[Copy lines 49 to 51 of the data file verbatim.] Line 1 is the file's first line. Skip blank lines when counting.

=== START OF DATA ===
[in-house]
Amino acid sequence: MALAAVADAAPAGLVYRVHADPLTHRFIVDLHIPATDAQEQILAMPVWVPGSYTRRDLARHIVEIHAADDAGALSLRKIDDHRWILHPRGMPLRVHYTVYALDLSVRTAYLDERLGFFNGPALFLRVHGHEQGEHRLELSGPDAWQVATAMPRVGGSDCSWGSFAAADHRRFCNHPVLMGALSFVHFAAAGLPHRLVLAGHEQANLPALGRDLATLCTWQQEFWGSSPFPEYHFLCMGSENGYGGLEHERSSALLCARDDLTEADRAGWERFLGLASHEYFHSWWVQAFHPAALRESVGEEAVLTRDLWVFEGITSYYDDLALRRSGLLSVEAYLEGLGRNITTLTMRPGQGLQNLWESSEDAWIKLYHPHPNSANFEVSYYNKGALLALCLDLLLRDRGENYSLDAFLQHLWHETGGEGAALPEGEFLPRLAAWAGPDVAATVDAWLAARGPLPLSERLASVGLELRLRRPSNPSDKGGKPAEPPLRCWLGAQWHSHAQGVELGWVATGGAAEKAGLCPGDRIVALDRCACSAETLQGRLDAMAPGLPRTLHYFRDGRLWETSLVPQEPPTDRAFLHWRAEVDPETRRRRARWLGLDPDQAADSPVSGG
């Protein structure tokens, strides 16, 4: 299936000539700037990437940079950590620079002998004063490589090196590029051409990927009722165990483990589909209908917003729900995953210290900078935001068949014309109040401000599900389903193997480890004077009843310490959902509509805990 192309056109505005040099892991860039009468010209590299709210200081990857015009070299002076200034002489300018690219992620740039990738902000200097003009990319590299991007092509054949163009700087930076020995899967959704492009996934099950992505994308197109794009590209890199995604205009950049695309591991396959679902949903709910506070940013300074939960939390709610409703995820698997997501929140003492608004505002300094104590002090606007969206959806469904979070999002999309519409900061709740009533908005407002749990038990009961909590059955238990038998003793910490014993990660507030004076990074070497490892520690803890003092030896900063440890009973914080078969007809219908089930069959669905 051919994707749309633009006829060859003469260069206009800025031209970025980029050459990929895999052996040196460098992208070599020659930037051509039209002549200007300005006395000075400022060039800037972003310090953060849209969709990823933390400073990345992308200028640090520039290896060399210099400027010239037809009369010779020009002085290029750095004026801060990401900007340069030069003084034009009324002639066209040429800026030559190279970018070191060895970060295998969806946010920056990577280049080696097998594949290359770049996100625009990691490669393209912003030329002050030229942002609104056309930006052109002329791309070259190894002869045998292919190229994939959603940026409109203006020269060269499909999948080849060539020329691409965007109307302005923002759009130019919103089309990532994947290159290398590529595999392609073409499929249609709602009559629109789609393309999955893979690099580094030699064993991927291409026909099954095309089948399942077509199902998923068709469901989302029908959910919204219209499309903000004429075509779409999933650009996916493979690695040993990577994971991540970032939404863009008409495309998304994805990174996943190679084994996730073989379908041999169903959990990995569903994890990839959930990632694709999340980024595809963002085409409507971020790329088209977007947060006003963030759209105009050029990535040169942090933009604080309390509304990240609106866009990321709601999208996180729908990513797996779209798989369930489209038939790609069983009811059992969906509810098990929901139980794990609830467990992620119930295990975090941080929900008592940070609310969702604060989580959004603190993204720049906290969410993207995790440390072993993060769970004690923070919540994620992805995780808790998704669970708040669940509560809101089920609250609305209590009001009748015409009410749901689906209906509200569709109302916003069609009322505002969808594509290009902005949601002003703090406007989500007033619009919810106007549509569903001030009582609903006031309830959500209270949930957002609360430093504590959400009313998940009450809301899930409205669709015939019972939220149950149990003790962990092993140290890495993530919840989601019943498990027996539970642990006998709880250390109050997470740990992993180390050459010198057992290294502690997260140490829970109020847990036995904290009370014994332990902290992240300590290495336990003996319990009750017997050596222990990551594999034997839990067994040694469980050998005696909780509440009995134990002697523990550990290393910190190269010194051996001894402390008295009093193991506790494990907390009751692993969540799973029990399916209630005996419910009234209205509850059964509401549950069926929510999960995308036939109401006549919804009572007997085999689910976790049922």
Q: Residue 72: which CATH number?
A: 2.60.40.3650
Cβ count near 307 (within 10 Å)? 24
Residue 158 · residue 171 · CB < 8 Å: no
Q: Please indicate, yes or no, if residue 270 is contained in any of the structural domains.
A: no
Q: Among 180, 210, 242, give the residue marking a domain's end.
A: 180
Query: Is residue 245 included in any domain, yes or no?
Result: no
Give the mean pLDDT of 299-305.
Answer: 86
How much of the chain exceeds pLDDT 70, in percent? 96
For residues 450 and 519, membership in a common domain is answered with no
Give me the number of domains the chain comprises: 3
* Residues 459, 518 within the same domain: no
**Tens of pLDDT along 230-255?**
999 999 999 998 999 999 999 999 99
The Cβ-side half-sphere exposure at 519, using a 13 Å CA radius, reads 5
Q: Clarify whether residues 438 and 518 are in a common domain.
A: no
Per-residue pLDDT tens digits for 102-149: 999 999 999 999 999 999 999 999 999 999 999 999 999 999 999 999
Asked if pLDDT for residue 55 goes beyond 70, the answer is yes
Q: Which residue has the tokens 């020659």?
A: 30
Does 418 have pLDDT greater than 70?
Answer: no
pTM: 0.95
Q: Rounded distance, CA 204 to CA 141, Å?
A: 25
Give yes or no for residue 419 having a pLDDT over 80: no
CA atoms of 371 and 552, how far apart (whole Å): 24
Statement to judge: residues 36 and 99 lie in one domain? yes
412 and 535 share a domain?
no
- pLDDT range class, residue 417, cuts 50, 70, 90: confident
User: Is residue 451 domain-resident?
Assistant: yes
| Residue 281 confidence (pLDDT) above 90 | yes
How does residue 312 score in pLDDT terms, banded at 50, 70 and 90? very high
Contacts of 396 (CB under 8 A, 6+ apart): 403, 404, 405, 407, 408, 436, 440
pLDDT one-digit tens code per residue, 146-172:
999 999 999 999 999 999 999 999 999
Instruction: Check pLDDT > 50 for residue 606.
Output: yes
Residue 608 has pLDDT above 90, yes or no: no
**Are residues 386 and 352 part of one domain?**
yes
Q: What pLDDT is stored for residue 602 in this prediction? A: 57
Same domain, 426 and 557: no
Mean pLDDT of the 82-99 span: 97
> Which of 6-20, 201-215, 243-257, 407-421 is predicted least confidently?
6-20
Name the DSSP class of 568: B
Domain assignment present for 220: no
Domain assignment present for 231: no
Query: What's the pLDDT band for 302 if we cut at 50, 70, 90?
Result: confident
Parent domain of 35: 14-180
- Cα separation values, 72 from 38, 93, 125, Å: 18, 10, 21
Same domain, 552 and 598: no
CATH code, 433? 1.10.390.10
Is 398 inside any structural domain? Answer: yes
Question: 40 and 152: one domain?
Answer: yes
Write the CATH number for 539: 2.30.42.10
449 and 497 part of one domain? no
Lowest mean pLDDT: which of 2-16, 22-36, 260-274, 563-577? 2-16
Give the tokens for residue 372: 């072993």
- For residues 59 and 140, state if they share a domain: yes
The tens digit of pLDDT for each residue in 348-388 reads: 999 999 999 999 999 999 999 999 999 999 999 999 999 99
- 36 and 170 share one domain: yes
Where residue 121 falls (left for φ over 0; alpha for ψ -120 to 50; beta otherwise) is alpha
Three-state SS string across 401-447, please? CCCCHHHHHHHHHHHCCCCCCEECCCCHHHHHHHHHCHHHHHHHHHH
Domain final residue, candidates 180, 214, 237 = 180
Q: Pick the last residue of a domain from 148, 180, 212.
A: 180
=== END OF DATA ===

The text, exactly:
Residue 608 has pLDDT above 90, yes or no: no
**Are residues 386 and 352 part of one domain?**
yes